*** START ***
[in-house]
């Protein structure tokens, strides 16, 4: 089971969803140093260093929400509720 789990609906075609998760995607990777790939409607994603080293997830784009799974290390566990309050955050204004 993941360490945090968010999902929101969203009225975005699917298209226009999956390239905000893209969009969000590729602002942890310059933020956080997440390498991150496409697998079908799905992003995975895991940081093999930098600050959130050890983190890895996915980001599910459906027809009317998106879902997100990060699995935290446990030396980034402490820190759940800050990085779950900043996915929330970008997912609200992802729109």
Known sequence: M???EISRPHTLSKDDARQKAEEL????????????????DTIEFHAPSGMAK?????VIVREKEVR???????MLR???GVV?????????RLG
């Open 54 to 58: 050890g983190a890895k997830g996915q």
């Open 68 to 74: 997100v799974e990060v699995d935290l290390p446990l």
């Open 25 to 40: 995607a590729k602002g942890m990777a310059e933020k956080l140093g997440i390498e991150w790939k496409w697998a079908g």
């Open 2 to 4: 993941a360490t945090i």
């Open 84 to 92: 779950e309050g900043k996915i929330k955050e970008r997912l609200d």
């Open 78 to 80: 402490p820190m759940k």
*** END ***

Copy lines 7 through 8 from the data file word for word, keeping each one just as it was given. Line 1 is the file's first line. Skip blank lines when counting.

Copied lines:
């Open 2 to 4: 993941a360490t945090i």
């Open 84 to 92: 779950e309050g900043k996915i929330k955050e970008r997912l609200d």